Soil turned in exiciting Emu Swamp development
THE first soil has been moved at Emu Swamp Dam’s header tank site, exciting producers, investors and the wider community.
The developments at the privately-owned site are the first of the two-year project, expected to provide 3900ML of water to irrigators each year.
I & L Rizzato and Sons Orchard owner and Granite Belt Irrigation Project director Dino Rizzato said the first steps couldn’t have come soon enough.
“It’s never too late. We need to his security for the whole community, whether it’s the town or the growers, without water we can’t do it,” he said.
“It’s great to see that it is happening, it’s been a long wait and it couldn’t come at a better time.
“The water isn’t going to come out of the tap tomorrow, so we have to keep doing what we’re doing to hang in there.”
Emu Swamp will become one of four dams built on mainland Australia since 2003, with 16 dams having been built in Tasmania.
Construction on Emu Swamp is expected to begin at the start of 2021, with work on the irrigation dam set to be complete by 2023.
Mr Rizzato said while water won’t happen over night, there had been a shift in attitude among eager producers.
“Everyone in this region have been tight for water for the past 50 years, so there’s no one out there wasting water, we’ve all been using a trickle,” he said.
“You’ll find that people will treat water valuably because it’s not about now we’ve got more water so you can use more, it’s security.
“That’s what we need, we need to be able to sleep at night knowing there is some water there.”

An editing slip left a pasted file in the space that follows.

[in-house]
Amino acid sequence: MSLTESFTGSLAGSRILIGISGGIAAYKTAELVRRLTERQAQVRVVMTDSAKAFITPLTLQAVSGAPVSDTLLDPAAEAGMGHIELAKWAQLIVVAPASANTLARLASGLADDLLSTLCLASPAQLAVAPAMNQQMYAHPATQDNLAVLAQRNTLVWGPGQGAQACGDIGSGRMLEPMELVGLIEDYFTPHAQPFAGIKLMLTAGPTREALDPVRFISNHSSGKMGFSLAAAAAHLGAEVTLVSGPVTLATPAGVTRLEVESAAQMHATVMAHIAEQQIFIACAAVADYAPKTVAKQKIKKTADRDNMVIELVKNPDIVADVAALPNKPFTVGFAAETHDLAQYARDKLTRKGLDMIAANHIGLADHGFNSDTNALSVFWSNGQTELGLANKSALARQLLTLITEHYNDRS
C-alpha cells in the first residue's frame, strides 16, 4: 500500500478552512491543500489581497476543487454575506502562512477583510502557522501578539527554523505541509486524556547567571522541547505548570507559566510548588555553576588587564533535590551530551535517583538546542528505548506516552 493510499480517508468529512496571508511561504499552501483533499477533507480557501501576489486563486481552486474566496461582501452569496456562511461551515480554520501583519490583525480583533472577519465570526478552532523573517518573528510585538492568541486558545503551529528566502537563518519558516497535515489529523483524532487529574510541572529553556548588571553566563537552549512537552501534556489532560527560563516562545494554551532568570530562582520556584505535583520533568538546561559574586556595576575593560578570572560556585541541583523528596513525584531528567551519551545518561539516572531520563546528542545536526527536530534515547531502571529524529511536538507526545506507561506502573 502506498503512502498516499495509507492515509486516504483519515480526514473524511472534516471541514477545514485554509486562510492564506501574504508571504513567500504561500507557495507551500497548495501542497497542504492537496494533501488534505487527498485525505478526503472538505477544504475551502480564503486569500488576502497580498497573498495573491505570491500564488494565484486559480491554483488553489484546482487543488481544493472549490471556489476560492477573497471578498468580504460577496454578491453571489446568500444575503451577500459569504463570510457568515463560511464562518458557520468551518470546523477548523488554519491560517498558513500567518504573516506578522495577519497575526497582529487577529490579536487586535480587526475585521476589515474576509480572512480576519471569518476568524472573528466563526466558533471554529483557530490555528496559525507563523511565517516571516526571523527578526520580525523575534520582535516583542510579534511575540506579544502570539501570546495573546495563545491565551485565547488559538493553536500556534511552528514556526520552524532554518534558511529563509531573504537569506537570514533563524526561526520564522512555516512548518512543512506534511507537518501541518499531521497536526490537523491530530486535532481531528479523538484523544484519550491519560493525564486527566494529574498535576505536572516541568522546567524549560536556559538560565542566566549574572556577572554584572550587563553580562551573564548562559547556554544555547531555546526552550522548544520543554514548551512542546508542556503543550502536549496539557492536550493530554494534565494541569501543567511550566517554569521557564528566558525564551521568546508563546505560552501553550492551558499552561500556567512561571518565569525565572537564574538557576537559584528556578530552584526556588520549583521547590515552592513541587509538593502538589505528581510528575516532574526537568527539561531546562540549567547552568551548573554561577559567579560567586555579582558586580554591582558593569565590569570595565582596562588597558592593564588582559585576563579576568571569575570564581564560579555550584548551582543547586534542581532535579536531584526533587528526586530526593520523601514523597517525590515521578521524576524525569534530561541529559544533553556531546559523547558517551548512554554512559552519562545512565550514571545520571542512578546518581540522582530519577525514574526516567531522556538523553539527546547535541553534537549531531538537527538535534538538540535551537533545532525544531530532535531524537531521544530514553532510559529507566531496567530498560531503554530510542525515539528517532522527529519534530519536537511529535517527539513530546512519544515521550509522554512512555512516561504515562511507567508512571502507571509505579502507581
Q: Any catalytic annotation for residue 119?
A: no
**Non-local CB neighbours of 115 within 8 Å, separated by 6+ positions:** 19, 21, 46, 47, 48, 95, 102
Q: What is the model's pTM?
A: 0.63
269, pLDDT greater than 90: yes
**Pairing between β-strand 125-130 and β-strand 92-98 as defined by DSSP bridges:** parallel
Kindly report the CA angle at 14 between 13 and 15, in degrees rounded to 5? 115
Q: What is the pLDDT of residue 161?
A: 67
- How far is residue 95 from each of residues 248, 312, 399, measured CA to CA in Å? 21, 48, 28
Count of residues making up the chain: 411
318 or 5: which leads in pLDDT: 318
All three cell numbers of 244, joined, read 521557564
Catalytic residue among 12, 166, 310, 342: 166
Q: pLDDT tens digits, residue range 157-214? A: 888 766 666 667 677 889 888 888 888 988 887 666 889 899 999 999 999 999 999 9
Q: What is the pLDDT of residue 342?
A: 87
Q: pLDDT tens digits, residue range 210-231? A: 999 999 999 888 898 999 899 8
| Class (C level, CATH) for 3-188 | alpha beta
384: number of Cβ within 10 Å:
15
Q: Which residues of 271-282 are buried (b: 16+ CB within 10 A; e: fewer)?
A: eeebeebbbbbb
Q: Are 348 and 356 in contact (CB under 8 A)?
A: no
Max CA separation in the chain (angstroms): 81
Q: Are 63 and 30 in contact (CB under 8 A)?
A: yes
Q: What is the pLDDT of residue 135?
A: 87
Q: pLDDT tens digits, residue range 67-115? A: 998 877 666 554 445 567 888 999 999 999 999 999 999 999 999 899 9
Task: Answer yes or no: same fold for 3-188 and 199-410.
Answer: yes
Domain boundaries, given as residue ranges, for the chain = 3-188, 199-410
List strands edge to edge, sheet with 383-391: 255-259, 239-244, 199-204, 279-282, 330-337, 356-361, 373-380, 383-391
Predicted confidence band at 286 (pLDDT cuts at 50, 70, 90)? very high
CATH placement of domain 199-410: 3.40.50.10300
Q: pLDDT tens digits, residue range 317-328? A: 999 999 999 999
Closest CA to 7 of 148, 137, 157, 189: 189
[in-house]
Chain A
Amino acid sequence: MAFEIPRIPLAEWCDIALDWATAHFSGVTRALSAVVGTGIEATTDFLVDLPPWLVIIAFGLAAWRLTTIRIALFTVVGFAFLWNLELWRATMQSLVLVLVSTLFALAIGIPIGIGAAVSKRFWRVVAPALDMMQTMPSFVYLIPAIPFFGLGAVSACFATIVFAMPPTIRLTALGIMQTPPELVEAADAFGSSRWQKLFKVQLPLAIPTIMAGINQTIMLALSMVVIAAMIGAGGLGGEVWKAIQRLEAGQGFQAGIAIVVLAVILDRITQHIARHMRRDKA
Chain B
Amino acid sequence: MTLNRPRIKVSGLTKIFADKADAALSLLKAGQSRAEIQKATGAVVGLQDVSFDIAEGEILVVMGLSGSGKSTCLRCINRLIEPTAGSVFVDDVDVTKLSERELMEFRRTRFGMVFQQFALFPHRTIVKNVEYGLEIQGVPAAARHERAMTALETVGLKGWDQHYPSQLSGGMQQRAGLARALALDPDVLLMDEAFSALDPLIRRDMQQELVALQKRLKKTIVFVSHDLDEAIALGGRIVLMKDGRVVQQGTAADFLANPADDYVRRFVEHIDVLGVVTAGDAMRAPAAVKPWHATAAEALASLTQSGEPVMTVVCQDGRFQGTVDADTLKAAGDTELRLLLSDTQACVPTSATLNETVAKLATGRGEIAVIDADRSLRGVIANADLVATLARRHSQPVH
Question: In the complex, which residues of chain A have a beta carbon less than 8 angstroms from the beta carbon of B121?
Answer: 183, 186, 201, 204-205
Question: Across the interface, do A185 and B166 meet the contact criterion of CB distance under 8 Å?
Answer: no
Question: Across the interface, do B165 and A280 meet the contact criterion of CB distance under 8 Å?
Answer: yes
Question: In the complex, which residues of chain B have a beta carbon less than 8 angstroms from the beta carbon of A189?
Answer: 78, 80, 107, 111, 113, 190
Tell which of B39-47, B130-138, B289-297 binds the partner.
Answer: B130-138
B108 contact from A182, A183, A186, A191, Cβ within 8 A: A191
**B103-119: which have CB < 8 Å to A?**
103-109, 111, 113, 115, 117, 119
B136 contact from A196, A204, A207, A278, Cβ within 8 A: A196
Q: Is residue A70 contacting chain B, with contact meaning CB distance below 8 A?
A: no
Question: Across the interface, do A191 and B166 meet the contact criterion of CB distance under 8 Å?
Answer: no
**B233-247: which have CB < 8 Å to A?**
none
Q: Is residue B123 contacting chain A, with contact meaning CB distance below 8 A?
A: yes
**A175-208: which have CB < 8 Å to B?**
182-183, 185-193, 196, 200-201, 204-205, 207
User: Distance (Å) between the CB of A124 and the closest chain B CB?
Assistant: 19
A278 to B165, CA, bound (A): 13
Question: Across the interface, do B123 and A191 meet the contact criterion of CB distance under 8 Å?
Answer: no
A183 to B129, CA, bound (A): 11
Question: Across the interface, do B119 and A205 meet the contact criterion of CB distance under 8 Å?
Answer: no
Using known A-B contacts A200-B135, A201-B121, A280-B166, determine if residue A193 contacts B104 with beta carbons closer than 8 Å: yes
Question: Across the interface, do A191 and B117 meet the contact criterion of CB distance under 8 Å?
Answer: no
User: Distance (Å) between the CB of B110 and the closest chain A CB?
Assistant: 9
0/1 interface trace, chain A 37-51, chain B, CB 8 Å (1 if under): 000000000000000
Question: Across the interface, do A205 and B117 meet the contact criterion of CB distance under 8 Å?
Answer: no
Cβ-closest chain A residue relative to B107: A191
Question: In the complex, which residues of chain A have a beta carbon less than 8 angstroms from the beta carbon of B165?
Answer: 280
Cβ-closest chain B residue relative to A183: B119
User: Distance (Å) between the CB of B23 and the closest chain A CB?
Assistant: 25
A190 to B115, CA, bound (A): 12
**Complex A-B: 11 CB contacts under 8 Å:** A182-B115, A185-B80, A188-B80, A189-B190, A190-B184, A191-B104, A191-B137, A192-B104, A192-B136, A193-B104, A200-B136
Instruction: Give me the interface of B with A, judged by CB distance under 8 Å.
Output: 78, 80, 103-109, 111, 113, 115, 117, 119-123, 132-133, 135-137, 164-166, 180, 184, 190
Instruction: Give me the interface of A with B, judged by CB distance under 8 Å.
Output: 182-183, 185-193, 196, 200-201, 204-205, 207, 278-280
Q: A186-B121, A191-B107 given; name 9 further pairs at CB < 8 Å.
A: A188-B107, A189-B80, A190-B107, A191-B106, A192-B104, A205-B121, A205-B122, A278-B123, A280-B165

Deputy Prime Minister Michael McCormack and Member for Maranoa David Littleproud toured the header site, inspecting the early stages of development.
Mr Littleproud said there was no better time to develop infrastructure and provide communities with water security.
“Now the time for talk is over, people are jack of that. They just want to see some dozers and some excavators moving,” he said.
“It’s time for the states to take our hand. This isn’t about blame, it’s about help and we are here to help.
“It will give this community water security, and I say to all levels of government, it’s time to get out of the way. It’s time for local government to partner with us, it’s time for state governments to get the approvals in place.”
Deputy Prime Minister Michael McCormack said he was pleased with the State Government’s willingness to fast track necessary approvals.
“When the first shovel goes into the ground, it’ll be a catalyst for change on the mainland to build dams,” he said.
“If there’s one thing (coronavirus) has shown us, mining resources and agriculture, it’s held up.
“It’s created jobs and opportunities, and infrastructure will too.”